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President George H.W. Bush lies in state at Capitol

A public funeral service will be held Wednesday at Washington's National Cathedral, with a private funeral in Texas to follow.
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WASHINGTON — Former President George H.W. Bush was honored in a brief ceremony at the U.S. Capitol Monday afternoon shortly after his casket arrived in Washington aboard "Special Air Mission 41," a presidential aircraft temporarily renamed in honor of the 41st president.

The former president, who died Friday at 94, will lie in state in the Capitol Rotunda until Wednesday.

His casket was placed "beneath paintings that tell the story of our land and liberty ... flanked by statues of his fellow champions," Senate Majority Leader Mitch McConnell, R-Ky., said in remarks in the brief ceremony there Monday afternoon, calling Bush "a steady hand staying the course" over his decades in public service.

Former President George W. Bush, the late president's son, became visibly emotional as McConnell spoke.

The arrival ceremony — held roughly an hour after the flight from Ellington Airport in Houston landed at Joint Base Andrews — was attended by Bush's children, including George, former Florida Gov. Jeb Bush, Neil Bush, Marvin Bush and Dorothy Bush Koch, and his extended family including his grandchildren.

Lawmakers, Supreme Court justices, and Bush Cabinet officials were also in attendance, including former Secretary of State James Baker — who was with the former president in his final moments on Friday — and former George W. Bush Secretary of State Colin Powell, who served Chairman of the Joint Chiefs of Staff under the first President Bush.

Speaker Paul Ryan, R-Wis., said that Bush, the first president he was able to vote for after becoming old enough to cast a ballot, taught him that "in a democracy, sometimes you fall short" and how you handle that fact "is just as important as how you win."

"President Bush personified grace," said Ryan, who said that the former president reached the heights of power with "uncommon humility."

In brief remarks, Vice President Mike Pence said that Bush's example of loving his family and serving his country "will always inspire" and that his "lifetime of service will be enshrined in the hearts of the American people forever."

Large wreaths were placed in front of each side of the casket as "America the Beautiful" was sung by the U.S. Naval Academy Glee Club. The House chaplain, Rev. Patrick Conroy, delivered the invocation, with the benediction delivered by the Senate chaplain Barry Black.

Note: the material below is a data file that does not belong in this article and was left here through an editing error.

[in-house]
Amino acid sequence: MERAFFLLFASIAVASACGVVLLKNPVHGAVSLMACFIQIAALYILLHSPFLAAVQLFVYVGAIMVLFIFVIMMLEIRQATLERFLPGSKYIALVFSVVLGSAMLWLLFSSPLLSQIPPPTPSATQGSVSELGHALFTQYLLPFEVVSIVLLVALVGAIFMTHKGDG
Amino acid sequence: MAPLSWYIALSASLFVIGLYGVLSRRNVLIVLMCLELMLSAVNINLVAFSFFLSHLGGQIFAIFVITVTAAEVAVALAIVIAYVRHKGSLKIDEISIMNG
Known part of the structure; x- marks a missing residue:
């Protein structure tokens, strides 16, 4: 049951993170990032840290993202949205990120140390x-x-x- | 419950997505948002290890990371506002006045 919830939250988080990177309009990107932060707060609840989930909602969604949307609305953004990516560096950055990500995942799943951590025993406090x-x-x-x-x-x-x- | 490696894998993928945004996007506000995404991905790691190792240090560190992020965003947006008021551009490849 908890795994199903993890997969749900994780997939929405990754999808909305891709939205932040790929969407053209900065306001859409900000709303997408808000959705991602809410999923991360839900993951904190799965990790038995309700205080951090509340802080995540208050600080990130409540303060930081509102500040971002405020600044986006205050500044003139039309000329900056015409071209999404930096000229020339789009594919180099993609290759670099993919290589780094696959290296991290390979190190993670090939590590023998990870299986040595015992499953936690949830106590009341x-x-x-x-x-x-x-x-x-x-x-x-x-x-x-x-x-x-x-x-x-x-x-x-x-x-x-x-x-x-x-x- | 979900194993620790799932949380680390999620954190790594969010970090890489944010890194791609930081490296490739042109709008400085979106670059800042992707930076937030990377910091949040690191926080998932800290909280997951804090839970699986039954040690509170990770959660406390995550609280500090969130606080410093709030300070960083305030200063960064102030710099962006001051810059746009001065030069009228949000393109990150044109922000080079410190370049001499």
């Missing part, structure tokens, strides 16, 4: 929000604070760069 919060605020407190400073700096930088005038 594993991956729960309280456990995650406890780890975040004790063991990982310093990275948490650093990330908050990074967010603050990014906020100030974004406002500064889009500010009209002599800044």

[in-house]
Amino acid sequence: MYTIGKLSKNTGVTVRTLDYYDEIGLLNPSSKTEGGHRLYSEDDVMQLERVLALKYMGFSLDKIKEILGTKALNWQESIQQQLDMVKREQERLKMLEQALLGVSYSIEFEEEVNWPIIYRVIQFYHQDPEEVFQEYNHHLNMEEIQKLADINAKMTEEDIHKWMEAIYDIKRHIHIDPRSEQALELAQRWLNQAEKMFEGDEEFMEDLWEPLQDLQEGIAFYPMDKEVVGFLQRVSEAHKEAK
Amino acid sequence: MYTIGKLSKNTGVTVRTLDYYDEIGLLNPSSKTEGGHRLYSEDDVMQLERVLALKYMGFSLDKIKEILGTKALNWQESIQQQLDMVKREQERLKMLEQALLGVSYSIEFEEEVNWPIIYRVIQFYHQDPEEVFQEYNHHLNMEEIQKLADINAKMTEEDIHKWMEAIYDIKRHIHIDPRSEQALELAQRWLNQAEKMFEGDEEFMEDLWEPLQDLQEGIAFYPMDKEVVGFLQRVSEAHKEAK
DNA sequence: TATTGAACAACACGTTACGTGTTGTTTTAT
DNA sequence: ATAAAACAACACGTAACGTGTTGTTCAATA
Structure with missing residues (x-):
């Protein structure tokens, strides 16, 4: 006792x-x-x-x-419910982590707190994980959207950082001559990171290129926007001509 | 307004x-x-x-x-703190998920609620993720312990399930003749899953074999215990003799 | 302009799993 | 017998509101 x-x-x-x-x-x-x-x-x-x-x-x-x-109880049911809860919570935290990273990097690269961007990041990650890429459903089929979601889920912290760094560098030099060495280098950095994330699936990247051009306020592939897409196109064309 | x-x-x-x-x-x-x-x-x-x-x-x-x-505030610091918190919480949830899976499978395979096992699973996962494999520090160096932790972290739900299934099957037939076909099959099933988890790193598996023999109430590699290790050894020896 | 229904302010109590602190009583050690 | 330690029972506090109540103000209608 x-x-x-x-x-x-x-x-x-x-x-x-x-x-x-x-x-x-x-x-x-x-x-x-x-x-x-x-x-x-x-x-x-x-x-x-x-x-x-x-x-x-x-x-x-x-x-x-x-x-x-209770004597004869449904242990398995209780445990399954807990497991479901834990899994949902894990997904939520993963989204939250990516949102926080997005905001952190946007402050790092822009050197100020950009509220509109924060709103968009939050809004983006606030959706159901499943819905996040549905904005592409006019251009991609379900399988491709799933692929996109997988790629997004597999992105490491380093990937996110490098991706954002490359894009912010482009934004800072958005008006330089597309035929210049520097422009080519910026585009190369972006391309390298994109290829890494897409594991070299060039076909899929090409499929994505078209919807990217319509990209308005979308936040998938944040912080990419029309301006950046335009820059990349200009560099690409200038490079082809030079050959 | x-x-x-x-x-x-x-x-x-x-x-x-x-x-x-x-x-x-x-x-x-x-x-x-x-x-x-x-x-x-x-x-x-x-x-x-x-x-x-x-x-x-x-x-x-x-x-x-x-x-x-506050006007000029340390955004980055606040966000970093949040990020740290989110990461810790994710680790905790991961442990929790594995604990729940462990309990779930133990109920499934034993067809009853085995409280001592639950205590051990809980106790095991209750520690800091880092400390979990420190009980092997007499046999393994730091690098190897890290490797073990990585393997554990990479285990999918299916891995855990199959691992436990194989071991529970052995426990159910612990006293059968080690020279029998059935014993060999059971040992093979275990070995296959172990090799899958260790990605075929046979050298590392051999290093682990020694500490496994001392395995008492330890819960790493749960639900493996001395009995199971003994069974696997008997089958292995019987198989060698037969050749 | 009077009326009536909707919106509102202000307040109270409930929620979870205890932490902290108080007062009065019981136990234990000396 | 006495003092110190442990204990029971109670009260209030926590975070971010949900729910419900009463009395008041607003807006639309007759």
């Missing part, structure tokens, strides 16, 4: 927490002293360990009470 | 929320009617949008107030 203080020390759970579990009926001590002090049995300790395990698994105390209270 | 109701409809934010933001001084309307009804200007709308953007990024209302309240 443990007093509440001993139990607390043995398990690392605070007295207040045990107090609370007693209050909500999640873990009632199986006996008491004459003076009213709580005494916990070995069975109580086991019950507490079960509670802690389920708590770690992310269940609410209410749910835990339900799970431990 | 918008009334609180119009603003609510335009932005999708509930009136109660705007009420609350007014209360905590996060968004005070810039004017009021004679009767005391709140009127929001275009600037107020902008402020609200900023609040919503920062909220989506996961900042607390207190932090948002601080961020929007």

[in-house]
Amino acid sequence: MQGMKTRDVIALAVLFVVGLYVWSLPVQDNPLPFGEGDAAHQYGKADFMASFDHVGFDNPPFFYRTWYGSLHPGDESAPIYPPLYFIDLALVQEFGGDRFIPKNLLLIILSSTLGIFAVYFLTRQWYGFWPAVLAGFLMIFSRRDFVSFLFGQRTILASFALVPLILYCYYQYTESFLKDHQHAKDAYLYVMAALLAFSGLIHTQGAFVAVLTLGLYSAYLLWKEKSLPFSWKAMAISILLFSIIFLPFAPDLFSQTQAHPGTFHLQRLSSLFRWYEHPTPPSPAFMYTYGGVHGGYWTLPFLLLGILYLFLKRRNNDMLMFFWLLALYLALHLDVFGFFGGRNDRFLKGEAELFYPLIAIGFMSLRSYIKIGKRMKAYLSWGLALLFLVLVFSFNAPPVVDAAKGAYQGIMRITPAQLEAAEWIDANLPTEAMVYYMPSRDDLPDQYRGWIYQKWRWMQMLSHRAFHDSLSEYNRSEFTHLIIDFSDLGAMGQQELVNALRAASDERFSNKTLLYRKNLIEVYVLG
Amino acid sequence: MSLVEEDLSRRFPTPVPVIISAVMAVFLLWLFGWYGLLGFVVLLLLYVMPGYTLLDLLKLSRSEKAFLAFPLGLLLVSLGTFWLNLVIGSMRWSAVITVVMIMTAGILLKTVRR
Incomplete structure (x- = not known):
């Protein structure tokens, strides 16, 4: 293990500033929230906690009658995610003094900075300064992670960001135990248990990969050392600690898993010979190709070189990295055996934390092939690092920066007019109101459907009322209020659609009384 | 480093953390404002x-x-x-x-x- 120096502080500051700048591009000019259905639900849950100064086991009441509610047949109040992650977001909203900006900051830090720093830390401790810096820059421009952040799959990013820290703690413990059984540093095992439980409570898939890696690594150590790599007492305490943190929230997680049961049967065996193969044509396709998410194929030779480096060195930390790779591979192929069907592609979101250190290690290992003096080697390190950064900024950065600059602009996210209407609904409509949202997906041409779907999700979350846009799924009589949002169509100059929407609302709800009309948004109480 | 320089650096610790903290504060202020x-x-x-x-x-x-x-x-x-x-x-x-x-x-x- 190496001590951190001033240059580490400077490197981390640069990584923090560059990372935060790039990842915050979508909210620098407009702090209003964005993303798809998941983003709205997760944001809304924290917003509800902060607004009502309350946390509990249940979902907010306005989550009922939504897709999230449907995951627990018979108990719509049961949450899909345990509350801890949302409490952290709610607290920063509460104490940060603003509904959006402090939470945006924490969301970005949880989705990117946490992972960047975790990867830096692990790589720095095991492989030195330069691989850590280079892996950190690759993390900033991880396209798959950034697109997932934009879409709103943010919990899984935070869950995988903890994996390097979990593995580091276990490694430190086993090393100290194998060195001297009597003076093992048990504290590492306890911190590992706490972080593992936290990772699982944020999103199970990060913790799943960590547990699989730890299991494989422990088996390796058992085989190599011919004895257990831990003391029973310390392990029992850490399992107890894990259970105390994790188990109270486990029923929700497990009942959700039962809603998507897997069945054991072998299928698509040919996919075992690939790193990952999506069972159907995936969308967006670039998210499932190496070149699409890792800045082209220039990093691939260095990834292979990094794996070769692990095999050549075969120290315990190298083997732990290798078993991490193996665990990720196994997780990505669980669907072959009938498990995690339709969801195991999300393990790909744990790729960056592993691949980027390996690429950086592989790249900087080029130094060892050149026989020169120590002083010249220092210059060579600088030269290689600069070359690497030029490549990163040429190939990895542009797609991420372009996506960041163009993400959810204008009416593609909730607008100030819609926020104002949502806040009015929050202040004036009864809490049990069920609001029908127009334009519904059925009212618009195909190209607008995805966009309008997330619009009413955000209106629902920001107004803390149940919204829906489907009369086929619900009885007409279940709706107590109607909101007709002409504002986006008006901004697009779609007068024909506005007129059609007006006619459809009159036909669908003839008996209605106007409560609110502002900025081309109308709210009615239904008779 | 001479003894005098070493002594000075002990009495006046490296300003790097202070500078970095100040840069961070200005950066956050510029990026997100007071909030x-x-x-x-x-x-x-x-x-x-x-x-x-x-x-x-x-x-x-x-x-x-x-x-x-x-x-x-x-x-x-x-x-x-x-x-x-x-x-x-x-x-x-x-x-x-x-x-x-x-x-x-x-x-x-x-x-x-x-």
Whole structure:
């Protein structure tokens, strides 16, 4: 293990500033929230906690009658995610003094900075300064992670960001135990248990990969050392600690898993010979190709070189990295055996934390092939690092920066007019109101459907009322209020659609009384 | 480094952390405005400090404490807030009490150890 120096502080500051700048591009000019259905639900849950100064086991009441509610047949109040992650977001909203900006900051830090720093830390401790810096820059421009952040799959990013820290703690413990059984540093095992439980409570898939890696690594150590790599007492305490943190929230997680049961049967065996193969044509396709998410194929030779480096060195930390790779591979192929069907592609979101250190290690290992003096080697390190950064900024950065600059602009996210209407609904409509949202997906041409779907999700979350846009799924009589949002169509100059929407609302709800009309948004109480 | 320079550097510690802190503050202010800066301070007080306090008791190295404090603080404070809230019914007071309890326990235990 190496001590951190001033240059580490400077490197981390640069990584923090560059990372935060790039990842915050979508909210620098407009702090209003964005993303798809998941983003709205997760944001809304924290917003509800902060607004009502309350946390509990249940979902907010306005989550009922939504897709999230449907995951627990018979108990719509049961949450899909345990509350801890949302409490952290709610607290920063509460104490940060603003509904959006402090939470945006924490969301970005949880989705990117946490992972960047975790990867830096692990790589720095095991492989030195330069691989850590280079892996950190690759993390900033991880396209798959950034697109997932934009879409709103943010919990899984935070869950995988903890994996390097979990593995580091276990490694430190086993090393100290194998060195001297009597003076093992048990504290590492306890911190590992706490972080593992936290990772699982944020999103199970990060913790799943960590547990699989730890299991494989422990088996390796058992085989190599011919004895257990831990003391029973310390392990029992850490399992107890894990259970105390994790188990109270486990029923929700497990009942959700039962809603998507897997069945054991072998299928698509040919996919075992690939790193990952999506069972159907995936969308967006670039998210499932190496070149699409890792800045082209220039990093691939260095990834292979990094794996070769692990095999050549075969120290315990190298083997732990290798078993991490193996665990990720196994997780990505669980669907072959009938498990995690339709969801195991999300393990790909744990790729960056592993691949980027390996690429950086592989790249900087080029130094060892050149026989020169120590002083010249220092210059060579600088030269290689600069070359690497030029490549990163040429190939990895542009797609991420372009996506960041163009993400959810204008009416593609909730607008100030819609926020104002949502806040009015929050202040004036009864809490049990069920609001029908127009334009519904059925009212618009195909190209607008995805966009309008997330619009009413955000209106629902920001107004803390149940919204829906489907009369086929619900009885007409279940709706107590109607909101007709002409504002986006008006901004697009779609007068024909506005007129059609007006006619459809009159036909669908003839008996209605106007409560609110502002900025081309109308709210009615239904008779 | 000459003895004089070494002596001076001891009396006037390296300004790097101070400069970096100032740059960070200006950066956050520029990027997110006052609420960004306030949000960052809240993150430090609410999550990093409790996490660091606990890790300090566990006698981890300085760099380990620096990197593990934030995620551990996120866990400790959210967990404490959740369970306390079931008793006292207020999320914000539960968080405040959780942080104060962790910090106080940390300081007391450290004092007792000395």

President Trump — who dispatched the plane to Texas pick up the former president, as well as members of the Bush family — and first lady Melania Trump paid their respects at the Capitol later Monday night, around 8:30 p.m., during the public section of the viewing. Trump saluted the casket before walking back out of the room.

Members of the late president's family on board the Monday flight included President George W. Bush and his wife, former first lady Laura Bush. His service dog, Sully, was also on board.

As Bush's casket arrived at the Capitol, Hail to the Chief was played and a 21-gun salute fired in front of the reflecting pool adjacent to the National Mall. The Bush family stood at the top of the Capitol steps as his casket was carried into the building.

A public service will be held Wednesday at Washington's National Cathedral. Trump has declared Wednesday a federal holiday and a national day of mourning. Prince Charles of England is slated to attend the service to represent the royal family and Queen Elizabeth.

The late president's remains are scheduled to return to Houston later Wednesday to lie in repose at St. Martin's Episcopal Church, where a private funeral service will be held Thursday.

Afterward, he’ll be transported by funeral car on a train to College Station, Texas — the site of the George Bush Presidential Library and Museum — where he’ll be buried alongside his wife, former first lady Barbara Bush, who died earlier this year, and their daughter Robin, who died of leukemia at age 3.

McGrath tweeted that the former president will be buried wearing special socks "that pay tribute to his lifetime of service."

Bush long had a notable preference for themed, colorful socks.

On Sunday, McGrath tweeted a photo of Bush's service dog, Sully, lying beside the casket.

"Mission complete," McGrath wrote. Sully will move on to helping wounded military veterans at Walter Reed hospital, America's VetDogs announced on Facebook.

Bush is among the select few who have lain in state in the Capitol Rotunda.

Sen. John McCain, R-Ariz., who died in August a little more than a year after being diagnosed with brain cancer, was the last person to lie in state there. Former President Gerald Ford was the last president to lie in state in the rotunda after he died in late 2006. Former President Ronald Reagan also lay there in 2004, as did civil rights icon Rosa Parks after her death in 2005.

Meanwhile, due to the remembrances for Bush, the House will not be voting this week as originally scheduled, multiple GOP sources confirmed to NBC News on Monday. A partial government shutdown looms should Friday’s funding deadline not be met, but multiple sources Monday said congressional leaders had reached an agreement to fund it through Dec. 21 via a short-term spending bill known as a continuing resolution, which would have to be passed by a unanimous consent voice vote sometime this week.

Trump was originally scheduled to meet with Democratic leaders in the House and Senate — Rep. Nancy Pelosi of California and Sen. Chuck Schumer of New York — on Tuesday to discuss the funding situation, but the meeting has been postponed due to plans to commemorate President Bush, according to three Democratic aides. Both Democratic leaders have asked for the meeting to be rescheduled to next week.